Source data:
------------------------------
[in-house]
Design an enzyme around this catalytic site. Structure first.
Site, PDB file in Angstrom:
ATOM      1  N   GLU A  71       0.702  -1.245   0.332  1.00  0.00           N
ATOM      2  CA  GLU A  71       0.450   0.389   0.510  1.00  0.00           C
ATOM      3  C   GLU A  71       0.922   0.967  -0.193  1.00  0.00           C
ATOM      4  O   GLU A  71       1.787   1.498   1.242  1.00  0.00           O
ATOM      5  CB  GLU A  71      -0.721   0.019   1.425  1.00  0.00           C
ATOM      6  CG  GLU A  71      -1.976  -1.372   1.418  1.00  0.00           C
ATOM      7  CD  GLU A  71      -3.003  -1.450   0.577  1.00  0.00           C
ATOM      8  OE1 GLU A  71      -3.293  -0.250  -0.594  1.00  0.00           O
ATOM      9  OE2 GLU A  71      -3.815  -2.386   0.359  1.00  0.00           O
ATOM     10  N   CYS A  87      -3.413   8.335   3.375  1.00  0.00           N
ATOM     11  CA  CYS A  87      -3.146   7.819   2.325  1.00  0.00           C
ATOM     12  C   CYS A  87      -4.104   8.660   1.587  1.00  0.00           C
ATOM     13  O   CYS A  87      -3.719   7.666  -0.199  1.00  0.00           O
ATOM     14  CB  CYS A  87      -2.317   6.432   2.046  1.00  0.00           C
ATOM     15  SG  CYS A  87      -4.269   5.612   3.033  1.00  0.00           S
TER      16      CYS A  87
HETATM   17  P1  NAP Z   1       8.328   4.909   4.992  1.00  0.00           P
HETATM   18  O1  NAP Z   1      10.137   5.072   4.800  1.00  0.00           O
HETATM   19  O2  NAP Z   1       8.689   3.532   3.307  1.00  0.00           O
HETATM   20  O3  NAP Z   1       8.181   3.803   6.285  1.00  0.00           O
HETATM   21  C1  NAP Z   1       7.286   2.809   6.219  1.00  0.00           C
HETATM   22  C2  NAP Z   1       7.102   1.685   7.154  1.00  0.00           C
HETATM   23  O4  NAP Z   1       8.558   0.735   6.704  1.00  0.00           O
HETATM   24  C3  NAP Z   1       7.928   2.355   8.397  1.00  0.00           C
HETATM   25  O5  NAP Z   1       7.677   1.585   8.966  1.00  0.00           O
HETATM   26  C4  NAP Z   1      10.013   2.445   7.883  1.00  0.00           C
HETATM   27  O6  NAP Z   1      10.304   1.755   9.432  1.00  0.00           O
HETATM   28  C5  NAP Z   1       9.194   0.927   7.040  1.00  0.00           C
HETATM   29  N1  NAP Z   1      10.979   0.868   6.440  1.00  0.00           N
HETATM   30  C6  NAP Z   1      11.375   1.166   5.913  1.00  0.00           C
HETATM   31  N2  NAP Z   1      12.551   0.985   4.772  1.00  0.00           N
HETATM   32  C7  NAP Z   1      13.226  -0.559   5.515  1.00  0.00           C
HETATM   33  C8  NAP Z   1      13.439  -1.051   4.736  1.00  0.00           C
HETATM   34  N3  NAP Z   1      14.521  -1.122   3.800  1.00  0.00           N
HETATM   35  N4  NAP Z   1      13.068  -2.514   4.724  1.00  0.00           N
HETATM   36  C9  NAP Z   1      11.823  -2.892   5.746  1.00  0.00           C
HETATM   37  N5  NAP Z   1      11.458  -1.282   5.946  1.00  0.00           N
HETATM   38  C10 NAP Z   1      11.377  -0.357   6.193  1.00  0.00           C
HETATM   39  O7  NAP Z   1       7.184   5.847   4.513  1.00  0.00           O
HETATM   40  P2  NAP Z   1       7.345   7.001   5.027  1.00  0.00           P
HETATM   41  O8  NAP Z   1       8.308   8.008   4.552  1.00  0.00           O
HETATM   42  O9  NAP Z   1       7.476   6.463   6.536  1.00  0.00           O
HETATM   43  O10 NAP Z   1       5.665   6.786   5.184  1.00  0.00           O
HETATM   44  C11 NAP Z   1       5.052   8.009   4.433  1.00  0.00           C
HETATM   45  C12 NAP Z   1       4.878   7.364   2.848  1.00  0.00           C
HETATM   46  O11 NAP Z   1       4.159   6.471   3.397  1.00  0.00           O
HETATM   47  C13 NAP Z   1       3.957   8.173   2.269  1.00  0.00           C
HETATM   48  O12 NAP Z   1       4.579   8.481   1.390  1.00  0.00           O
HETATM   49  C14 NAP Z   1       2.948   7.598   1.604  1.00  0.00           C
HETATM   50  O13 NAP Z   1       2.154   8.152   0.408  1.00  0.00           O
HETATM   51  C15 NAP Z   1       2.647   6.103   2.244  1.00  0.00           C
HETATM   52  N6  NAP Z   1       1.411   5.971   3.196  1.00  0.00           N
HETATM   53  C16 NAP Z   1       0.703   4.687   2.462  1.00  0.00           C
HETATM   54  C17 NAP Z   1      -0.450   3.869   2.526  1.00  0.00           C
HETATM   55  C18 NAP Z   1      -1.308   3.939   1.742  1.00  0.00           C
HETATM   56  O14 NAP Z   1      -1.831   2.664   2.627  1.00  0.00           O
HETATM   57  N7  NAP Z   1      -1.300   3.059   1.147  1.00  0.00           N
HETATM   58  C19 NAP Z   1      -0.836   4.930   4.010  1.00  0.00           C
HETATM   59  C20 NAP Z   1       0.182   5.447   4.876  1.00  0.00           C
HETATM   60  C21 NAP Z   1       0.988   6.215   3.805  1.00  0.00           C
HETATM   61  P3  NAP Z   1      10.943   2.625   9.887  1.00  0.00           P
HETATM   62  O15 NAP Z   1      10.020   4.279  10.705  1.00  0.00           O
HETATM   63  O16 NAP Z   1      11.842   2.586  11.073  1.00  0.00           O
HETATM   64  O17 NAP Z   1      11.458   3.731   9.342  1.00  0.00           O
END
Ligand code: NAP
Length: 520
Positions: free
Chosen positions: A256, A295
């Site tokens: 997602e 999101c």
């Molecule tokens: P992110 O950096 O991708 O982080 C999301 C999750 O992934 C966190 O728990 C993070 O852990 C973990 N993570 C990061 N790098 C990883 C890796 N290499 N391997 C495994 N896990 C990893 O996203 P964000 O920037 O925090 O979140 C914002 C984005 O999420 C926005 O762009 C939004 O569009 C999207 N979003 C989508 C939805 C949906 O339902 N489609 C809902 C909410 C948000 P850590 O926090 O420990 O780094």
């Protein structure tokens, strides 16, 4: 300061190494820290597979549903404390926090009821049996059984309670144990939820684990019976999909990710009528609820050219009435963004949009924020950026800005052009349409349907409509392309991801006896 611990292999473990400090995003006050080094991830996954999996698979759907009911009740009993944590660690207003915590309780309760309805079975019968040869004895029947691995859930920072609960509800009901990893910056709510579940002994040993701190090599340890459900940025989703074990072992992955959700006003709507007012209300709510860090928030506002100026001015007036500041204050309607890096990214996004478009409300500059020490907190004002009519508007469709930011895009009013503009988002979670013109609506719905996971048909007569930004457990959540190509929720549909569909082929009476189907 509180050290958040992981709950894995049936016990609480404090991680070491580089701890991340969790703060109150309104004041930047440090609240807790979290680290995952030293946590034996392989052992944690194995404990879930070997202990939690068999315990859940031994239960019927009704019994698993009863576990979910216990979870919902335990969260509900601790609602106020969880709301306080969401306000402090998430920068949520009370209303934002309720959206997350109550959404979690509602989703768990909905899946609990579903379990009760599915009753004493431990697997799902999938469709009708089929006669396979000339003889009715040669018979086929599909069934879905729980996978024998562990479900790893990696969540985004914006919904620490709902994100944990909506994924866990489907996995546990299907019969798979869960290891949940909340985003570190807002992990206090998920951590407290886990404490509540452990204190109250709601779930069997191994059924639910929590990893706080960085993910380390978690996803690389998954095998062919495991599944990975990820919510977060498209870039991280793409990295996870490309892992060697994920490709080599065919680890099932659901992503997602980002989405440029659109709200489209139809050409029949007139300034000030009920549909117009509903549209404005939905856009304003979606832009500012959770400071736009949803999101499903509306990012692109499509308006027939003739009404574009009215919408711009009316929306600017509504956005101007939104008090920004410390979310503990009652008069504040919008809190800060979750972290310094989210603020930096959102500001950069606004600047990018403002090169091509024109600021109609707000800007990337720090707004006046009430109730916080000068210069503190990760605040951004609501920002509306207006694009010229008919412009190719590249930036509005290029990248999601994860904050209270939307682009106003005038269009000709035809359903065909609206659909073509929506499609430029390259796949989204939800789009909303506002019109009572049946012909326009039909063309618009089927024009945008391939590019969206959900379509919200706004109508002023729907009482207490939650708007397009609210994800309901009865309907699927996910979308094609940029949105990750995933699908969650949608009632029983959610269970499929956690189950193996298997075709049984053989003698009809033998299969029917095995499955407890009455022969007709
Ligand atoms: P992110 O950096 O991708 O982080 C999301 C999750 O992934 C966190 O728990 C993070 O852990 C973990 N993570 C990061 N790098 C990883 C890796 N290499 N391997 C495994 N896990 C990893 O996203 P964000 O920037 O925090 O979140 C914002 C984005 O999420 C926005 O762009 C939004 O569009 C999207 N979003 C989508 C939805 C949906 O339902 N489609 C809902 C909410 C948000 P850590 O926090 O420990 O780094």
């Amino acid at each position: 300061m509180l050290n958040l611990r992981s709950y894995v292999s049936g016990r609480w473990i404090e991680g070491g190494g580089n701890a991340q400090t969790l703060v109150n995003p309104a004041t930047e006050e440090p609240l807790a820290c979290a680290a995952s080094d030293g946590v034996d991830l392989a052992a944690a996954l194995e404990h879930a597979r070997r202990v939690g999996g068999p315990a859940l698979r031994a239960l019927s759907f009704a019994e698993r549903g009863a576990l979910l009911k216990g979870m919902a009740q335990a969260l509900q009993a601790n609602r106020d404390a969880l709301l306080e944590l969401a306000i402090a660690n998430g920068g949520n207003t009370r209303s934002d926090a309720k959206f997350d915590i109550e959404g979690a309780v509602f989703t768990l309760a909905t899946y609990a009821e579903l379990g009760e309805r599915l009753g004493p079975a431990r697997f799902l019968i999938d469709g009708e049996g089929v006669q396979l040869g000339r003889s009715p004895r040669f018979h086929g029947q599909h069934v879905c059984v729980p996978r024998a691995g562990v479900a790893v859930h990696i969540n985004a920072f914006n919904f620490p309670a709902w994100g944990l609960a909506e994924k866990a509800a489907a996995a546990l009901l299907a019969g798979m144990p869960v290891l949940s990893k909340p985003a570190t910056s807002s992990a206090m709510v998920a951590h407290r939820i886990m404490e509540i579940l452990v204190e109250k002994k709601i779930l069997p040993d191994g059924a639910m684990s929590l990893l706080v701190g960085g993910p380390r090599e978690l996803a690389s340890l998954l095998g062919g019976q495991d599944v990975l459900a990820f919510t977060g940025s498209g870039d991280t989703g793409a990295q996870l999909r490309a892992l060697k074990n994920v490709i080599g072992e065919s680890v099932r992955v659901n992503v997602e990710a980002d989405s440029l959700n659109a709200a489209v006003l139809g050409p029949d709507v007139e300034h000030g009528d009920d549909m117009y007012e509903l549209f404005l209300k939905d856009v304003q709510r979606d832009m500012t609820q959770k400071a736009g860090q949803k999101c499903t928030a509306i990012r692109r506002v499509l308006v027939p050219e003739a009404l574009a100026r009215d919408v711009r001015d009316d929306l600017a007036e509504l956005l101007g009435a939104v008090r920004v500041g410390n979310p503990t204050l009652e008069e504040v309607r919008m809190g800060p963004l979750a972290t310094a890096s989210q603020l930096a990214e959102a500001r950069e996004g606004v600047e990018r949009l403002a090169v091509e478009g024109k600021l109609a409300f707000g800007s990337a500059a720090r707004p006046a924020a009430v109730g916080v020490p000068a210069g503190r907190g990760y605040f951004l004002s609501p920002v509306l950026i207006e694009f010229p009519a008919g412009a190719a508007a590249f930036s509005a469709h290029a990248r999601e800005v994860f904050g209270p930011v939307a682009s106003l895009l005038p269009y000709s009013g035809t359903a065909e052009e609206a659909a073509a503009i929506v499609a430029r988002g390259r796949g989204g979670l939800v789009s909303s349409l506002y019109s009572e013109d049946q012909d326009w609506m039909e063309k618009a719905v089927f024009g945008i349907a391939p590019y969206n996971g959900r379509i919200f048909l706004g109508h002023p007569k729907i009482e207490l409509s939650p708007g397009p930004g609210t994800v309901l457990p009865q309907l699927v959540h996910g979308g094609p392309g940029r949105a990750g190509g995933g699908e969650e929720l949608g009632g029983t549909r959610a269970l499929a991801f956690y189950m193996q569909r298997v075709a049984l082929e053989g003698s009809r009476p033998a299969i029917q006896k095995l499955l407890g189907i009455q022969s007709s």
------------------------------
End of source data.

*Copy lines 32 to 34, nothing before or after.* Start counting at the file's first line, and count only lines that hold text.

HETATM   29  N1  NAP Z   1      10.979   0.868   6.440  1.00  0.00           N
HETATM   30  C6  NAP Z   1      11.375   1.166   5.913  1.00  0.00           C
HETATM   31  N2  NAP Z   1      12.551   0.985   4.772  1.00  0.00           N